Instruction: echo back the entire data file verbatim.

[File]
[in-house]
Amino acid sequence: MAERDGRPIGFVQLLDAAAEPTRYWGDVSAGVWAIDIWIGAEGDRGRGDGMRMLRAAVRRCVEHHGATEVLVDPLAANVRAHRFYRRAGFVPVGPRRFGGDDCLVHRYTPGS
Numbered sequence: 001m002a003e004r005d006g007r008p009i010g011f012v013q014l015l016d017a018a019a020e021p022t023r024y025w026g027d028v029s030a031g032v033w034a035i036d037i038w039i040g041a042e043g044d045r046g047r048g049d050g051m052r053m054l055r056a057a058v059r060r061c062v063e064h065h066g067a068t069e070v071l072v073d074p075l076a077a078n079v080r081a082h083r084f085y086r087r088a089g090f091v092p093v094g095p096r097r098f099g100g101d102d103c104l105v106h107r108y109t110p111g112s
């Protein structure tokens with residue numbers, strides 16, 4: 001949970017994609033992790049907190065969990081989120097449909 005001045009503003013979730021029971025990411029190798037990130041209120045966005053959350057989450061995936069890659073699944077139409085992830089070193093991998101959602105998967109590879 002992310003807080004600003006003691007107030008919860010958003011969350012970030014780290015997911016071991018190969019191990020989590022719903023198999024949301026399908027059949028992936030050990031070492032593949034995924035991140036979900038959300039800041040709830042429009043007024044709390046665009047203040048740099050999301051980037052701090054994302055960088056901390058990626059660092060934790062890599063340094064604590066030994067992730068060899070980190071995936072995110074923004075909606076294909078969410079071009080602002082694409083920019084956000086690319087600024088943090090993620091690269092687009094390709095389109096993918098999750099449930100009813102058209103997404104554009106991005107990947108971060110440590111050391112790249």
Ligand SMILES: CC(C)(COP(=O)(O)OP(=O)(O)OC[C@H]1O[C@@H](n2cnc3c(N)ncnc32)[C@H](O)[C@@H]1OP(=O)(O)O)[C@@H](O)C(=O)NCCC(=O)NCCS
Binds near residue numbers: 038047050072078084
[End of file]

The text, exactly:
[in-house]
Amino acid sequence: MAERDGRPIGFVQLLDAAAEPTRYWGDVSAGVWAIDIWIGAEGDRGRGDGMRMLRAAVRRCVEHHGATEVLVDPLAANVRAHRFYRRAGFVPVGPRRFGGDDCLVHRYTPGS
Numbered sequence: 001m002a003e004r005d006g007r008p009i010g011f012v013q014l015l016d017a018a019a020e021p022t023r024y025w026g027d028v029s030a031g032v033w034a035i036d037i038w039i040g041a042e043g044d045r046g047r048g049d050g051m052r053m054l055r056a057a058v059r060r061c062v063e064h065h066g067a068t069e070v071l072v073d074p075l076a077a078n079v080r081a082h083r084f085y086r087r088a089g090f091v092p093v094g095p096r097r098f099g100g101d102d103c104l105v106h107r108y109t110p111g112s
């Protein structure tokens with residue numbers, strides 16, 4: 001949970017994609033992790049907190065969990081989120097449909 005001045009503003013979730021029971025990411029190798037990130041209120045966005053959350057989450061995936069890659073699944077139409085992830089070193093991998101959602105998967109590879 002992310003807080004600003006003691007107030008919860010958003011969350012970030014780290015997911016071991018190969019191990020989590022719903023198999024949301026399908027059949028992936030050990031070492032593949034995924035991140036979900038959300039800041040709830042429009043007024044709390046665009047203040048740099050999301051980037052701090054994302055960088056901390058990626059660092060934790062890599063340094064604590066030994067992730068060899070980190071995936072995110074923004075909606076294909078969410079071009080602002082694409083920019084956000086690319087600024088943090090993620091690269092687009094390709095389109096993918098999750099449930100009813102058209103997404104554009106991005107990947108971060110440590111050391112790249």
Ligand SMILES: CC(C)(COP(=O)(O)OP(=O)(O)OC[C@H]1O[C@@H](n2cnc3c(N)ncnc32)[C@H](O)[C@@H]1OP(=O)(O)O)[C@@H](O)C(=O)NCCC(=O)NCCS
Binds near residue numbers: 038047050072078084